The MyREADYTransitionTM BBD App was created to help youth prepare for health care transition. That’s when youth make the change from getting services from the children’s health care team, the children’s hospital or the children’s treatment centre to looking after their own health in adult services. We hope the app will help youth with things like learning about their health, knowing what questions to ask and when to ask for help.

Contact: Barb Galuppi or Nadilein Mahlberg Telephone: 905-525-9140, extension 27852 galuppi@mcmaster.ca

Who is behind this research?

This research is run by McMaster University (Dr. Jan Willem Gorter) and McGill University (Dr. Ariane Marelli) in collaboration with Hamilton Health Sciences.

This study has been reviewed by the Hamilton Integrated Research Ethics Board.

Learn more about this study at: https://www.child-bright.ca/readyornot

The Effect of a Parent Mediated Toilet Training Program on Children's Toileting Skills Delivered via Telehealth

Looking for Caregiver and Child Participants

Child must have a diagnosis of autism, between 2.5 – 8 years of age and repeat a minimum of 2 spoken words or actions Child must reside with the primary caregiver for the full duration of the 12 - week study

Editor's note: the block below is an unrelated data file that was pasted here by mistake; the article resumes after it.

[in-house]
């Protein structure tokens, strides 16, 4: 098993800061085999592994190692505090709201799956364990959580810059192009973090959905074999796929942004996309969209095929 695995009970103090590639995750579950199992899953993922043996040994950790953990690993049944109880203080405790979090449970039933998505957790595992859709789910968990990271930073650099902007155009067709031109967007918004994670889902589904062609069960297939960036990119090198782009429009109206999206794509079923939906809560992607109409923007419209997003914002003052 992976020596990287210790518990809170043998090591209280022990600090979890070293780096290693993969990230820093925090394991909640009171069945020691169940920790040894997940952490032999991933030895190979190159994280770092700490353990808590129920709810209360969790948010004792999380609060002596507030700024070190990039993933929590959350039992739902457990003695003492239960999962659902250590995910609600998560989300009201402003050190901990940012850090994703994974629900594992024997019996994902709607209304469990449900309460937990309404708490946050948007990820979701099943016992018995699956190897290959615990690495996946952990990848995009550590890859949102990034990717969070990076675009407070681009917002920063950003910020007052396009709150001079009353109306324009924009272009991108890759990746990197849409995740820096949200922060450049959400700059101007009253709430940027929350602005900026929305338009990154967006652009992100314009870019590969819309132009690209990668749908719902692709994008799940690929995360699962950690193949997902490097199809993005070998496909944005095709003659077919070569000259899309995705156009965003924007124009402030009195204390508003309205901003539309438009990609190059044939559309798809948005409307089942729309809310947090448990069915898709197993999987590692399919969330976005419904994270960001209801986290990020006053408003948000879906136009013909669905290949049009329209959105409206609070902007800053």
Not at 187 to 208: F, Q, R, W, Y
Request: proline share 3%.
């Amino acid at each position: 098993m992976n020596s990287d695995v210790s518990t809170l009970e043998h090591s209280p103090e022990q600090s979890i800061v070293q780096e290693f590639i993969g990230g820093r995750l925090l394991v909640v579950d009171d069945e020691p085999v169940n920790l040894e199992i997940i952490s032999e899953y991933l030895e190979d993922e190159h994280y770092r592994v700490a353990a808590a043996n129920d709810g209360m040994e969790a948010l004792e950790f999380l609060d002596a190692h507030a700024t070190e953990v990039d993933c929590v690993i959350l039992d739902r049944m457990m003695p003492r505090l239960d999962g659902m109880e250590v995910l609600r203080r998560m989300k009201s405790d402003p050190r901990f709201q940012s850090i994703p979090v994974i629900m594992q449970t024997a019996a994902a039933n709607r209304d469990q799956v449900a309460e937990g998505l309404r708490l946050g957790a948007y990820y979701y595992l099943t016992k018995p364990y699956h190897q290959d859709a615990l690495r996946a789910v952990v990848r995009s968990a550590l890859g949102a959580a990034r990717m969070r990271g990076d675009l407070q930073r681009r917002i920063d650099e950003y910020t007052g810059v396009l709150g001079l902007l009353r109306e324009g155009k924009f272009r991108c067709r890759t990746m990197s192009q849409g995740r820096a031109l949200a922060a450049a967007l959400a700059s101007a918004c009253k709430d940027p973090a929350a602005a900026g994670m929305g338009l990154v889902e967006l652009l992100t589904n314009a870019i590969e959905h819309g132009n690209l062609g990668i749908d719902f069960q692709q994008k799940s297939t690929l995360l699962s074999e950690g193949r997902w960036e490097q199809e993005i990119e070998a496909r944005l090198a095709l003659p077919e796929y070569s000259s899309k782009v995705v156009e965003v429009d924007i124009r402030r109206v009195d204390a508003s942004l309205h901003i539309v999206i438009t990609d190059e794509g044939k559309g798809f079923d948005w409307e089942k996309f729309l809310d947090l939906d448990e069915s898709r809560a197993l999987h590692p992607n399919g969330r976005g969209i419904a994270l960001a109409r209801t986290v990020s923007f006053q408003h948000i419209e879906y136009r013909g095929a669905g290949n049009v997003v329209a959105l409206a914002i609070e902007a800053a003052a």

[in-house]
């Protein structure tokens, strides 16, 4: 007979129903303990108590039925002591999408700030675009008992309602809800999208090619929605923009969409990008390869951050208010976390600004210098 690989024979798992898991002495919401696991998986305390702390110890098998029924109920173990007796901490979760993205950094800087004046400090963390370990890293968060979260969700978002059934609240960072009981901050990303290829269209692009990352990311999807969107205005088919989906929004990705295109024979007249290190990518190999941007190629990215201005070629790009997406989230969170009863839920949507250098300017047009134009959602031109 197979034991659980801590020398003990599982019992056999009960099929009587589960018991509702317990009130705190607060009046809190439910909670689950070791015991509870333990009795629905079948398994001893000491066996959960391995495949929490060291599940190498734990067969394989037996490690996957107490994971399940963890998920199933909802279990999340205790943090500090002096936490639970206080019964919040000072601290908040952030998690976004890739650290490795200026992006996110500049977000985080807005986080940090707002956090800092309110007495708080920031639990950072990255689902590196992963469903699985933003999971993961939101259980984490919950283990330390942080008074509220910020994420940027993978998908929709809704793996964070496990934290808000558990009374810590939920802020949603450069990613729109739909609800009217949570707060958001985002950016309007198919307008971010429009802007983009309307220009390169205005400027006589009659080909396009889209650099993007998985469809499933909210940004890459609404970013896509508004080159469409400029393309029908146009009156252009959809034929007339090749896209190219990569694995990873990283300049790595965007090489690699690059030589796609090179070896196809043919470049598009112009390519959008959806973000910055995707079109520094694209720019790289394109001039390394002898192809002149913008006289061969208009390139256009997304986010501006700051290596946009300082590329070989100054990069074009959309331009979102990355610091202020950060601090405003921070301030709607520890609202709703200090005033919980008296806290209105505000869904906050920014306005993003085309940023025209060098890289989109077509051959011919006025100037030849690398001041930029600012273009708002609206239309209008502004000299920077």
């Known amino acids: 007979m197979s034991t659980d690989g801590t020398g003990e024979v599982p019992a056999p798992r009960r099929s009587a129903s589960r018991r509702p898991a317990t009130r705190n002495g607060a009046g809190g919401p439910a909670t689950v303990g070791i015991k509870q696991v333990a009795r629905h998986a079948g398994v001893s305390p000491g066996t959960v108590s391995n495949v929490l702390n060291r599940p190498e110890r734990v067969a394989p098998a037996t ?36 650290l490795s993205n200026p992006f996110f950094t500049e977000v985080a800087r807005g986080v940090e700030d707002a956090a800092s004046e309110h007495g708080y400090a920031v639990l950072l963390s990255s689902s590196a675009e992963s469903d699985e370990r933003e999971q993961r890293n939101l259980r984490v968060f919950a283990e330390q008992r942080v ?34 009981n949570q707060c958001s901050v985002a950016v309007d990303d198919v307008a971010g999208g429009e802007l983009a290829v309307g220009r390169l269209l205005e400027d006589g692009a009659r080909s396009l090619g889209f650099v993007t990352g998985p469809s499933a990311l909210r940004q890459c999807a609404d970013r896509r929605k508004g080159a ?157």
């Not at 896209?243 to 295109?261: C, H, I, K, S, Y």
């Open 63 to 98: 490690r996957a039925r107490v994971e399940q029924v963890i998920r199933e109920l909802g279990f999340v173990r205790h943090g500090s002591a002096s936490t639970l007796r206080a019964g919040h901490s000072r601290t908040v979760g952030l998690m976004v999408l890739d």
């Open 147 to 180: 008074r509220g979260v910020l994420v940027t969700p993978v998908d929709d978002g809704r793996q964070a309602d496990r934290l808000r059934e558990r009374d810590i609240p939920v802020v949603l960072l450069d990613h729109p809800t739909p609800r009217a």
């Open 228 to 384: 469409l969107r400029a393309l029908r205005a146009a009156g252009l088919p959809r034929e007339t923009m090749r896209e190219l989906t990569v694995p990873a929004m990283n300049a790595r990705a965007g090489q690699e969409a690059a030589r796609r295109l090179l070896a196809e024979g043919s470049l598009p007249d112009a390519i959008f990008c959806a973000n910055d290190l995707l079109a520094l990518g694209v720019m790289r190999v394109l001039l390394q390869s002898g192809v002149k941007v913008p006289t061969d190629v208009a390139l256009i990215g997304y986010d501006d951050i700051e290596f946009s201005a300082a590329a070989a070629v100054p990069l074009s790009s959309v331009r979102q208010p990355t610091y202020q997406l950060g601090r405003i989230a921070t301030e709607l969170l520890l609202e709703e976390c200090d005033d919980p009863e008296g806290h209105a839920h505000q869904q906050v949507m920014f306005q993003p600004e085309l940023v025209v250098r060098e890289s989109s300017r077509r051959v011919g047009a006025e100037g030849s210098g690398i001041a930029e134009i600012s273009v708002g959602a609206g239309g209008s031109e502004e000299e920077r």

Time commitments for at least one caregiver:

  • A maximum of two, 2-hour telehealth training sessions which includes video recording of participants while practicing the steps with a doll (that you could keep), to then transfer the skills with your child
  • A minimum of 2-hours of support on the first day of training your child
  • Once a week, 20-minute telehealth follow-up consultations, for a maximum of 12 weeks 
  • Supporting your child daily as the primary caregiver, for a maximum of 12 weeks
  • Talking and forwarding data daily

Materials required:

  • Access and experience in using a computer/iPad with a built-in camera, email and internet speed of 25 Mbps

If interested, please contact:

Natalie Paquet Croteau, M.A., BCBA
1-705-618-4448
or by email at: ncroteau@ego.thechicagoschool.edu

The Chicago School of Professional Psychology

Organizational Benefits of Neurodiversity

Investigators: Lorne Hartman & Braxton Hartman
Research question: Do employees with autism bring new perspectives to employers that enhance organizational performance?
Eligibility requirements:
- Are you on the spectrum?
- Do you work at a job more than 5 hours per week?